– This is Part 2 of a two-part story.

If you have a story you would like to share with The OMNIway, please contact the newsroom at deron(at)axiomnews.com.

If you have feedback on this story, please contact the newsroom at deron(at)axiomnews.com.

Springdale family member recounts how staff eased uncertainty early in the pandemic

Maureen Whiteside says the Springdale team has also been ‘very receptive’ to her mother’s needs

Maureen Whiteside recalls the swirl of uncertainty she experienced when the COVID-19 pandemic began in March 2020, only a couple of weeks after her mother moved into the Peterborough-area long-term care home.

“The whole world was in pandemonium, and Springdale shut everything done right away,” Maureen remembers.

Maureen’s mother lives in a private room at Springdale, and when window visits began the home’s staff members would assist her mom to ensure she could have visits with her loved ones standing outside. This offered a valuable measure of comfort, Maureen says.

Since residents’ loved ones could not enter long-term care homes at the start of the pandemic, communication was important during the first few months.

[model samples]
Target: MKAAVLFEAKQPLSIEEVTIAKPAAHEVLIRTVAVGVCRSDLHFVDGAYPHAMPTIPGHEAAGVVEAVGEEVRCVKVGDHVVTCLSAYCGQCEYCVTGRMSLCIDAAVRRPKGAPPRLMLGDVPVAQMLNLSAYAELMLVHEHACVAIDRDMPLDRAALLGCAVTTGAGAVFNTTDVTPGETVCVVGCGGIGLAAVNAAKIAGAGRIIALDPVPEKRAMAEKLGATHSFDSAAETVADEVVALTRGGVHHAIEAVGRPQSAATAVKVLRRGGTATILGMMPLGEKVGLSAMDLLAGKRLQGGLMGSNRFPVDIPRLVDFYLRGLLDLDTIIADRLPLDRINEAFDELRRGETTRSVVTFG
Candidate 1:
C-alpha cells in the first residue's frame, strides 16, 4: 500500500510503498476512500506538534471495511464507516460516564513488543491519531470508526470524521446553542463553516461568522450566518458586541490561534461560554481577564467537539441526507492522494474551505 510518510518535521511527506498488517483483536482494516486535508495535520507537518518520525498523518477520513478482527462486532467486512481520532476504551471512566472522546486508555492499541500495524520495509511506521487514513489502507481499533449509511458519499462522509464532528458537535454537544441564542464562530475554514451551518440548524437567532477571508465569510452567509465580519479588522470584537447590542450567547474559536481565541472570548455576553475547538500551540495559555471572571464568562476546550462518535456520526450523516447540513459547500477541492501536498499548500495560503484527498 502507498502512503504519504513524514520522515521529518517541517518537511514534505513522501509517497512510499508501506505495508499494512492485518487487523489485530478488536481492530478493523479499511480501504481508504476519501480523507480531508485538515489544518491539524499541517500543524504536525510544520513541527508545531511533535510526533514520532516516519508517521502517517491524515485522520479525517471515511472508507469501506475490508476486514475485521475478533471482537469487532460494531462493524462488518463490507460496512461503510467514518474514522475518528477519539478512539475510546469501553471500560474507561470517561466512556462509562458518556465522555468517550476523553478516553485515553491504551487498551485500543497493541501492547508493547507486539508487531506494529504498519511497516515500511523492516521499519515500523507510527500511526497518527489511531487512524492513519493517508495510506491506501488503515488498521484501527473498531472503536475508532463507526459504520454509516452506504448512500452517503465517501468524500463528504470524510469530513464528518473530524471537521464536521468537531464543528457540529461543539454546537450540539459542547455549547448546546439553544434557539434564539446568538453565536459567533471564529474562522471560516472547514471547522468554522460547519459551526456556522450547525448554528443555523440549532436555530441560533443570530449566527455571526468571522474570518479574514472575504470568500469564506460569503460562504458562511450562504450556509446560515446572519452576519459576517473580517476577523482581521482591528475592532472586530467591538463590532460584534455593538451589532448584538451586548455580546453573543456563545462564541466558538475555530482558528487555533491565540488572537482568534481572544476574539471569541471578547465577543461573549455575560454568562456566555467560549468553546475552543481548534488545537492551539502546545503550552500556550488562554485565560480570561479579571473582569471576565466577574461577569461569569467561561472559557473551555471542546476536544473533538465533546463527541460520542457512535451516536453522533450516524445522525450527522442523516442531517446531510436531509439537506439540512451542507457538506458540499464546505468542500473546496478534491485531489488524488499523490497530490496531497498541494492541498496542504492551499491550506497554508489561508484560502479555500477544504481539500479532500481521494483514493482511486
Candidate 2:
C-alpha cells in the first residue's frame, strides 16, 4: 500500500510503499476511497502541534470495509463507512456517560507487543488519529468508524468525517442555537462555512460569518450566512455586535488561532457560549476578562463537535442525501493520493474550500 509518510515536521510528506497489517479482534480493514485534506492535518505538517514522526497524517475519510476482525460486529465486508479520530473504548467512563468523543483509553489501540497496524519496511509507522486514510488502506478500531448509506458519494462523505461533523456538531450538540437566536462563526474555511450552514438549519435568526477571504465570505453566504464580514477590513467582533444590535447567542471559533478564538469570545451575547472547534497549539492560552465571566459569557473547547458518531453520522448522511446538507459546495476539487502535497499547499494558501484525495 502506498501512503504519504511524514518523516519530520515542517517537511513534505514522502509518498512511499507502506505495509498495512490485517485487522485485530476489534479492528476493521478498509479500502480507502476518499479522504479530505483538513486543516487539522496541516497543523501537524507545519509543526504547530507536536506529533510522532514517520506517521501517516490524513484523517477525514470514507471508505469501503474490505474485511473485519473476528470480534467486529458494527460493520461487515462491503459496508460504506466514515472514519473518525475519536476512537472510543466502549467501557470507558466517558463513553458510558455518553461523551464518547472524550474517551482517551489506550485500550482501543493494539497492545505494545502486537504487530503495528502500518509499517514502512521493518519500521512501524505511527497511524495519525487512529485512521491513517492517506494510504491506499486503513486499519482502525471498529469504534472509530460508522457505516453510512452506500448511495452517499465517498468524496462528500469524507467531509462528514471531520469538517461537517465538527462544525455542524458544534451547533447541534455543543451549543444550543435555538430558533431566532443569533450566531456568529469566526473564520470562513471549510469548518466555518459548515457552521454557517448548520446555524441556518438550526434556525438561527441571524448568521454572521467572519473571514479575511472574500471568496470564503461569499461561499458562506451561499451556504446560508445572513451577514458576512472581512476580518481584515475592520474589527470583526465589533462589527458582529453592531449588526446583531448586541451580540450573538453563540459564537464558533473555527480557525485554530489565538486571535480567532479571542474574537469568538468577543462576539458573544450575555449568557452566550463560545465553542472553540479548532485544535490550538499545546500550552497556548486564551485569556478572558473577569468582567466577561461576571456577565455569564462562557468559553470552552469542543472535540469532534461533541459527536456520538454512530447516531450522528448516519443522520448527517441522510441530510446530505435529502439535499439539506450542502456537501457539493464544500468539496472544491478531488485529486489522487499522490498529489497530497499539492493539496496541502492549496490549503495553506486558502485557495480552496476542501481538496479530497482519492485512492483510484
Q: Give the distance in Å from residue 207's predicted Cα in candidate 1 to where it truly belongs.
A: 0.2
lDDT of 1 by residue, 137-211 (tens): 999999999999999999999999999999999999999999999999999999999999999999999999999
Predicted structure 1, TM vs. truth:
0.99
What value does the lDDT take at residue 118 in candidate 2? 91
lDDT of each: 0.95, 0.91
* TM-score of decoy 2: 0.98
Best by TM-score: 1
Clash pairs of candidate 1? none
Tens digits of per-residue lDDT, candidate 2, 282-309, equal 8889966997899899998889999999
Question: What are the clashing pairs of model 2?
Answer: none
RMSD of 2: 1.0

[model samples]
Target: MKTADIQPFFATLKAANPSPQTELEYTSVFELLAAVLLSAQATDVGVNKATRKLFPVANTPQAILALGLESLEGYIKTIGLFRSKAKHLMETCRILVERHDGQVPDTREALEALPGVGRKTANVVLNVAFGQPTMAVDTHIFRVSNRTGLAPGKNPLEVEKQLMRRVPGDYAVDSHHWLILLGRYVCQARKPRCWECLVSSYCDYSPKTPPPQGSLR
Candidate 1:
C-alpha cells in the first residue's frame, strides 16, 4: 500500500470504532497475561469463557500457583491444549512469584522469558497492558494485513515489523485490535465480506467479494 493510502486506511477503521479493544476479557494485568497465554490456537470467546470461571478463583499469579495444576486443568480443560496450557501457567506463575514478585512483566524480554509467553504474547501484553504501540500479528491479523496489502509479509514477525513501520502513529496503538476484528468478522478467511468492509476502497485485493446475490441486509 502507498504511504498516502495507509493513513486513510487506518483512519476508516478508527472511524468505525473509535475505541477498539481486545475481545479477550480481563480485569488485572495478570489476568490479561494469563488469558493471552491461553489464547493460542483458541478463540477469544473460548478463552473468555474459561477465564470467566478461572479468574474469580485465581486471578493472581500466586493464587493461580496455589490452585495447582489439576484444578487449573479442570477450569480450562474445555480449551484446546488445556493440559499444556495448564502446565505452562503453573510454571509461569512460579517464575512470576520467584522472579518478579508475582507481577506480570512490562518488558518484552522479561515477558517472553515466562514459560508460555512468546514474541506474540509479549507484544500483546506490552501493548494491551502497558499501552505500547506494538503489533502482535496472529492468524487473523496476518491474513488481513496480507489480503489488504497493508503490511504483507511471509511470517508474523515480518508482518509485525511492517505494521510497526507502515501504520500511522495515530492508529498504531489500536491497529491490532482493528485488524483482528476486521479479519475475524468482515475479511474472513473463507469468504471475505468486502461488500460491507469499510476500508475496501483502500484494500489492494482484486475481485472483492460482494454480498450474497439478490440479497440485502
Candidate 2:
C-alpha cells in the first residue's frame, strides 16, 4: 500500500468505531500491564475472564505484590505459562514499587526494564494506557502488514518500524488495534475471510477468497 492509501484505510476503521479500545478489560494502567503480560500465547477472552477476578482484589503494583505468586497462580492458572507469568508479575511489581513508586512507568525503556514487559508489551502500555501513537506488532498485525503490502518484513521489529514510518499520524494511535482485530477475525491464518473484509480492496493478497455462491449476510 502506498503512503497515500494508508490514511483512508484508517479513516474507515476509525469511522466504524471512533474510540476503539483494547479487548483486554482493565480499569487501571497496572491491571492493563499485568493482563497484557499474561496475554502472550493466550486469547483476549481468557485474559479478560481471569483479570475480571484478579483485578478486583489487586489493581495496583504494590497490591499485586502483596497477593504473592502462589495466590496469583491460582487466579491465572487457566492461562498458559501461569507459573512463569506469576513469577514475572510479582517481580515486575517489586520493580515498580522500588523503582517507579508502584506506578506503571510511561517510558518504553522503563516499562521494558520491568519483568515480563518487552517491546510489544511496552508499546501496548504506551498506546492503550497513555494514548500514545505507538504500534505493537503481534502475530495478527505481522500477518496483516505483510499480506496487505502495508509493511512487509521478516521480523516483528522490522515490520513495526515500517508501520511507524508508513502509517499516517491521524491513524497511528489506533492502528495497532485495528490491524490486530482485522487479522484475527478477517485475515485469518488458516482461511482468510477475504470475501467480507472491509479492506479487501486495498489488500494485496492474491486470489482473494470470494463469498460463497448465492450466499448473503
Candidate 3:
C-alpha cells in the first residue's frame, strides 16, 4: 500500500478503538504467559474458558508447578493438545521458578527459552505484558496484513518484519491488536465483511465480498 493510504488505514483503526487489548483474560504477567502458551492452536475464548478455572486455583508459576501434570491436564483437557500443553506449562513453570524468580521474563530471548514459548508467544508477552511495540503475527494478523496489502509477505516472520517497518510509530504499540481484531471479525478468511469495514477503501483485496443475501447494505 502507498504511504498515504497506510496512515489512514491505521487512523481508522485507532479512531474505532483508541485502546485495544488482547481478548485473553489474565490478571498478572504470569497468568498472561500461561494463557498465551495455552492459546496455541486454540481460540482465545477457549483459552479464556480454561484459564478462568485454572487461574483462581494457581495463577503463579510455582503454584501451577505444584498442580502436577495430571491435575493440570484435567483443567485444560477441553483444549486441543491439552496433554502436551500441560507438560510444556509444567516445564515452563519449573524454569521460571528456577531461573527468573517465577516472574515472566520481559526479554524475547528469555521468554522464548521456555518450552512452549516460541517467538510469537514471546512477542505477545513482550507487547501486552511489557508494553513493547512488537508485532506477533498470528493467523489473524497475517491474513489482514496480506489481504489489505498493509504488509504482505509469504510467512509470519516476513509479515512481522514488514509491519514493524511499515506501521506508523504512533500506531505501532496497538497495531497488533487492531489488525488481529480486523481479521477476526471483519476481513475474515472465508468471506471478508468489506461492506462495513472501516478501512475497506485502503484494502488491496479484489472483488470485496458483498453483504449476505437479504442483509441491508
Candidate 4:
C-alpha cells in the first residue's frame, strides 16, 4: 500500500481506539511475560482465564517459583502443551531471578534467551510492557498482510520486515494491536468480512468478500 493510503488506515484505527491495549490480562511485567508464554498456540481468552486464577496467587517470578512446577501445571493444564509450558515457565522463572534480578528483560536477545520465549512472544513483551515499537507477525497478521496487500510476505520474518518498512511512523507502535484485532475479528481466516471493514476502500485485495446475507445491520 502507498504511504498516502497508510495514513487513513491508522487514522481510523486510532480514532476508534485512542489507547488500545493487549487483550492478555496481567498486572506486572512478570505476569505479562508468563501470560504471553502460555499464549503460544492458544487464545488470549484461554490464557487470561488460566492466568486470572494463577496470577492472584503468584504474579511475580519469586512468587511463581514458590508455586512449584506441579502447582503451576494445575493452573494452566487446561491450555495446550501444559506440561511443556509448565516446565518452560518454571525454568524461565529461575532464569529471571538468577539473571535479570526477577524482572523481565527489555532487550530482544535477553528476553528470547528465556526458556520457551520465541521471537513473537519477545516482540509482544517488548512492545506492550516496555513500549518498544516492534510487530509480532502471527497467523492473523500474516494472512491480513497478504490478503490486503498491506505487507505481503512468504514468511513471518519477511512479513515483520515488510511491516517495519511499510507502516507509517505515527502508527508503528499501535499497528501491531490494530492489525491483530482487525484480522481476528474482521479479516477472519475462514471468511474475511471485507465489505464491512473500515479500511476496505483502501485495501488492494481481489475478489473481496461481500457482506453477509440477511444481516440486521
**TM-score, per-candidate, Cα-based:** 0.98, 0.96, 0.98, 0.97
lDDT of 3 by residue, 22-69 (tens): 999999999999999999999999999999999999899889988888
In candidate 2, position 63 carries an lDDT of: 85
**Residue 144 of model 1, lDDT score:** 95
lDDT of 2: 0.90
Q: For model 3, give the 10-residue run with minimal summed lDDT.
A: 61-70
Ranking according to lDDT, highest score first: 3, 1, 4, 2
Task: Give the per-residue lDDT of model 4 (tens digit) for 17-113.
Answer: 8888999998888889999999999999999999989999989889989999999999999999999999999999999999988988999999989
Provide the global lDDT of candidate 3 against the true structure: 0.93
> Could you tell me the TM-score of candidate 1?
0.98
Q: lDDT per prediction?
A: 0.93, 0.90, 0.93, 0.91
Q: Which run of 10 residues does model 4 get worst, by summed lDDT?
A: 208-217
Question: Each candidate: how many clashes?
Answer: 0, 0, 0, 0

Maureen’s mother, who is 98, had recently learned how to use a cellphone she was given. The cellphone became an important communication tool for Maureen and her mother during this time, and Springdale staff members helped ensure the communication between Maureen and her mother stayed constant.

For example, if Maureen didn’t hear from her mother or if her phone calls went unanswered, Maureen would call Springdale and staff members would check to make sure her mother’s cellphone was charged and switched on.

Staff members would regularly charge her mother’s phone to ensure the battery was always full, Maureen says.

Maureen says the phone her mother uses is an older flip-phone which some of the younger staff members were unfamiliar with. Life enrichment co-ordinator Sonia Murney typed instructions for them detailing how to use the phone, Maureen says.

“It has made a huge difference,” Maureen says of staff members’ efforts.

Maureen adds that correspondence between her and the Springdale team has been top-notch and everyone has been “very good at responding, either by telephone or by e-mail.”

Maureen says one of Springdale’s greatest strengths is that staff members are cognizant of her mother’s needs and are always willing to help.

“Doing things as simple as plugging in her cellphone or having her radio tuned to the classical station she likes (are examples of this),” she says. “They are very receptive to small tasks as well as large tasks. I would have to say that my mom is well looked after.”

– This is Part 1 of a two-part story.

If you have a story you would like to share with The OMNIway, please contact the newsroom at deron(at)axiomnews.com.

If you have feedback on this story, please contact the newsroom at deron(at)axiomnews.com.